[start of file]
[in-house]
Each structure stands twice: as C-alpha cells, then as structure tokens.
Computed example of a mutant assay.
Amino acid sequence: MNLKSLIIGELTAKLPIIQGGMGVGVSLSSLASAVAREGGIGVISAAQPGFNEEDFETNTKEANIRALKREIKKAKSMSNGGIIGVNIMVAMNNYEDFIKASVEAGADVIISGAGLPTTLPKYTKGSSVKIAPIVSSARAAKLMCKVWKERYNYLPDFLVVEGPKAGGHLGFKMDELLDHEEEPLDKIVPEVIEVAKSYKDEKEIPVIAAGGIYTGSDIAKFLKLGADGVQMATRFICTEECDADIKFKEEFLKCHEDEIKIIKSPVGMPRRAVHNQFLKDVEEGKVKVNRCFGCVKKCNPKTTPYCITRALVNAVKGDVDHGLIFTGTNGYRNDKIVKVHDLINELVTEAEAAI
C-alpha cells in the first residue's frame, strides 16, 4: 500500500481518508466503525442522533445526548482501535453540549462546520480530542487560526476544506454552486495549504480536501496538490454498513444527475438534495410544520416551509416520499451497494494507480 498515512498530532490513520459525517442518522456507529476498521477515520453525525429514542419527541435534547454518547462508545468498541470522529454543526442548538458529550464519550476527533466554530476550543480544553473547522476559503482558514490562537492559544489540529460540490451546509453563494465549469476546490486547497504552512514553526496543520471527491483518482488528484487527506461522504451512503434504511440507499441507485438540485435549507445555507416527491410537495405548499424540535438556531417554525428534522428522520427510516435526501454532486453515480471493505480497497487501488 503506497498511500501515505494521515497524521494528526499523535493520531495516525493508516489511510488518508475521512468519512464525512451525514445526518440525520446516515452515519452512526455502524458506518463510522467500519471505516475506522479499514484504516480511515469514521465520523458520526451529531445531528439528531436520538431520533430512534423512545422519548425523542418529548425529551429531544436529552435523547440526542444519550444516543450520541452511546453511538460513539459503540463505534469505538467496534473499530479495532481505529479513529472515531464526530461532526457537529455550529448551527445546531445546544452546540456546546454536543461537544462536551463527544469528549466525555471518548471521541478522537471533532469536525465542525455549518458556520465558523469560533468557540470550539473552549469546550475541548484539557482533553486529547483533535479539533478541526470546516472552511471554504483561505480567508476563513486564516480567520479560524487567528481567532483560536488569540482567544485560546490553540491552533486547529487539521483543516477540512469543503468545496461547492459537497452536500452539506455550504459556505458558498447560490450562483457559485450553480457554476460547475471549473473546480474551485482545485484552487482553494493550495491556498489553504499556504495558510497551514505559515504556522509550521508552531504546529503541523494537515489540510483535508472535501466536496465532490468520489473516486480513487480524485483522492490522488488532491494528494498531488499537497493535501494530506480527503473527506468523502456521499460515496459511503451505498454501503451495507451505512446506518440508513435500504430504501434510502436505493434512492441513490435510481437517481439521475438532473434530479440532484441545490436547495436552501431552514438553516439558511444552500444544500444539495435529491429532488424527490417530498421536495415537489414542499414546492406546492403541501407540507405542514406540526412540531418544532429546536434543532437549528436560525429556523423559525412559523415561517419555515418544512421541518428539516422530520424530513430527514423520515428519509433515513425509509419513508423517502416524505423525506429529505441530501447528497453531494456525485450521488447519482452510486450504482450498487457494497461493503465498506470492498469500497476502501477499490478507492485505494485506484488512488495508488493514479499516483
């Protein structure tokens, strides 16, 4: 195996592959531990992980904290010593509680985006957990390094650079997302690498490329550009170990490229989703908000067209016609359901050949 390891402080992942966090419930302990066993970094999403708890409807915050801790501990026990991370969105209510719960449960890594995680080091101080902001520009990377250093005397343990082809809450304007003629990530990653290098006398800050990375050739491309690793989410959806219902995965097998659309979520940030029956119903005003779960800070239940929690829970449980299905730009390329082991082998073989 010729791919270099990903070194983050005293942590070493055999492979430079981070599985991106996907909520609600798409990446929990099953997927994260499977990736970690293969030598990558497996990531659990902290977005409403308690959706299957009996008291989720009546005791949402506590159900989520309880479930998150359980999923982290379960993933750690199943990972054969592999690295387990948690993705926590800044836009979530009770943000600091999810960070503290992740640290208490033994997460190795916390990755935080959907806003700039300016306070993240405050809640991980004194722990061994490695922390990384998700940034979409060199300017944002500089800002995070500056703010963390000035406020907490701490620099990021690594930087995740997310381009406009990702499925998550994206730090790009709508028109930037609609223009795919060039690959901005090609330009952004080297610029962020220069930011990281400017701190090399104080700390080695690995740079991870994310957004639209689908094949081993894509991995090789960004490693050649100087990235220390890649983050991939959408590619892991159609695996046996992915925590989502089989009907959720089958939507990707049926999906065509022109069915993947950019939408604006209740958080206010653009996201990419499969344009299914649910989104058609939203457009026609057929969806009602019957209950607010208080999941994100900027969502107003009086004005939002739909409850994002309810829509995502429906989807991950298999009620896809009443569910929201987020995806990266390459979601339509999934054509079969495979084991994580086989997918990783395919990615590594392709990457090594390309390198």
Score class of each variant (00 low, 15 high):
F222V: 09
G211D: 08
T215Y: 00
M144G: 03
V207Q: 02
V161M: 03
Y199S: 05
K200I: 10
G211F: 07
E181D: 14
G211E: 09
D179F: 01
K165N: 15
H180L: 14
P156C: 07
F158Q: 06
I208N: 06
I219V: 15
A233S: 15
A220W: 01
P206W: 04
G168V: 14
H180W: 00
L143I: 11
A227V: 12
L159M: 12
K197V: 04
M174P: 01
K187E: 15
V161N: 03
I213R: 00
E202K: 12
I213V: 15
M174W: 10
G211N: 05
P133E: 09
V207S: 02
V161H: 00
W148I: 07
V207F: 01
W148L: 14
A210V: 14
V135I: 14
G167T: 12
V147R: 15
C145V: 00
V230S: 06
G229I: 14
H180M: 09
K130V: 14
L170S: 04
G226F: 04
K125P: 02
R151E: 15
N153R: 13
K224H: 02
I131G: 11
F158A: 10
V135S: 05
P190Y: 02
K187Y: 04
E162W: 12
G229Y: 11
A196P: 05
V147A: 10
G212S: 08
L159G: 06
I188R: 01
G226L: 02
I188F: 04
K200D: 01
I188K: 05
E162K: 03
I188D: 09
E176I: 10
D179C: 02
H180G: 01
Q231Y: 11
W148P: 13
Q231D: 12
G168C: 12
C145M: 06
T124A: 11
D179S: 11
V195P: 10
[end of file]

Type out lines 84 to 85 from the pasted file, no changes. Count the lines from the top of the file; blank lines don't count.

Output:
H180G: 01
Q231Y: 11